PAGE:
Image: Stock Markets

What’s NOT wrong with the markets today!

The Great Indian Markets: Are we turning it into a game of smoke & mirrors?

It intriguing to look at how media today has the power to sensationalise an otherwise regular event. Like it always does, media has continued to amplify the current situation (with pink newspapers buzzing with headlines with keywords like “crash”, “bear-grip” and “meltdown”).

The party effect

While doing some homework of my own, the current reactions reminded me of an old classic lore that I had read while studying behavioural finance. This is how the story goes:

“Six blind men were asked to describe an elephant. Each of them approached the elephant and touched a part of the elephant. Here’s how they interpreted the elephant basis the part they touched – the one who touched the side described it as a wall, the one feeling the tusks thought it to be like a spear, the person feeling the trunk felt a snake-like animal, the knees felt like a tree, the person touching the ears imagined a fan and finally, the one holding the tail likened the animal to a rope.”

This was a lesson in what is popularly known as The Party Effect or in a more technical fashion – Recency Bias.

This is a classic parallel to how most investors generally perceive and react to a market scenario, with the elephant being the market and the men being the examples of general investors. They form an opinion solely on the basis of what they see, feel or hear in the immediate moment and construe it to be perpetual and a fact of life.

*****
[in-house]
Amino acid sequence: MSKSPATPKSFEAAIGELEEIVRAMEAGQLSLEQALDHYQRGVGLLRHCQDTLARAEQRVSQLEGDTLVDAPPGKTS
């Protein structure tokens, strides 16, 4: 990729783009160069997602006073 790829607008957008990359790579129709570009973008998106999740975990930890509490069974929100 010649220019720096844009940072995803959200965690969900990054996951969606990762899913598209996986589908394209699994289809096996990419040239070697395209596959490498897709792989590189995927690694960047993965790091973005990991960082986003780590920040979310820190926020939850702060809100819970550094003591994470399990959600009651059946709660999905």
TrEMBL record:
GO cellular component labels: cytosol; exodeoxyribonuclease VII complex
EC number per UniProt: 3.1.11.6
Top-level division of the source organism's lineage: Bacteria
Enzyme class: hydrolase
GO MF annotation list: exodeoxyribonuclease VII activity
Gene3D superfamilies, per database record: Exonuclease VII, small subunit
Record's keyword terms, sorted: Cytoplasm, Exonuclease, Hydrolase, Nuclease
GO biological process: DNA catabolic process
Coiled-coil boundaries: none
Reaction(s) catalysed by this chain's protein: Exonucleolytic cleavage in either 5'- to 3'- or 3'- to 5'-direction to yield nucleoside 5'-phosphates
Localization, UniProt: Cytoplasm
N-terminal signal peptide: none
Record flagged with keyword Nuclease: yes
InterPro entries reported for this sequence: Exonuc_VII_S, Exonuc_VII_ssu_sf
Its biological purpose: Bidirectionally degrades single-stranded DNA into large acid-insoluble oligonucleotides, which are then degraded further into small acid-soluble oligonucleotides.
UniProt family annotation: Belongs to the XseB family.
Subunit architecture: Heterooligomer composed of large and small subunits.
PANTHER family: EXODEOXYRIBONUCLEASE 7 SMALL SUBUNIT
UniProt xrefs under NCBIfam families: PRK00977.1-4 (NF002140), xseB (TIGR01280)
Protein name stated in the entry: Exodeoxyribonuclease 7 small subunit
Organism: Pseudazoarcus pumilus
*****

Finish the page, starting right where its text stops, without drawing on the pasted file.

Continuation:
Now let me get back to what’s happening in markets. There’s panic all around and shocked investors are saying things like “Sensex dives xxx points due to crude/liquidity crisis/rupee depreciation etc” or “Markets wiped out ‘some-huge-amount-in-crores’ of investor wealth”.

However, let’s analyze what has actually happened to investor wealth in the past 1 year and demonstrate how Recency Bias works. For the sake of this analysis, our team used Nifty50 as the reference index assuming to be the bellwether index (as popularly cited).

Let’s assume different investors invested at various points in the past one-year – 1 year back, 6 months back and 3 months back. Here’s what their investment would look like today:

So who is actually losing money?

With some additional number crunching, we found out the precise entry period during which investors could be seeing a red in their portfolios – it is 85 days before 3 October 2018! (Or, the ones who entered in the unfortunate period of 18 trading days of 9 Jan’18 – 5 Feb’18).

I know that this would sound redundant, but I will use this opportunity to state the fact that equities are for long term and 85 days are by no measure a long term. Anyone who would have invested in Nifty at any given point in time before 85 days (except the unfortunate 18 days) would have their investment in green, today. The panic we sense around today is nothing but a manifestation of the Party Effect.

True, events have unfurled, multiple variables are churning at the same time, there has been a dip in market indices but then we should ask ourselves:

Is this really an unprecedented and shocking event? Is equity market volatility an unexpected phenomenon?

Finity Portfolio v/s Nifty

Meanwhile, here’s how our investors’ “Build Wealth” portfolios have fared across market cycles in the past three years vis-à-vis Nifty:

Growth of INR 10,000: Finity's portfolio v/s Nifty

At MyMay Wealth, our research is dedicated towards 3 fundamental principles of wealth management: risk-optimal returns, resilient performance, and sustainability.

It is highly advisable to stick to asset-allocation and perhaps, utilize this slump as an opportunity to invest. After all, nothing is permanent – not even this dip! It is totally up to you to avoid being a victim to the party effect.

Please feel free to reach out to us at or +918048039999 in case of any clarity/guidance you may need for your investments; we are committed to assist you and make your money work for you in the most efficient manner.


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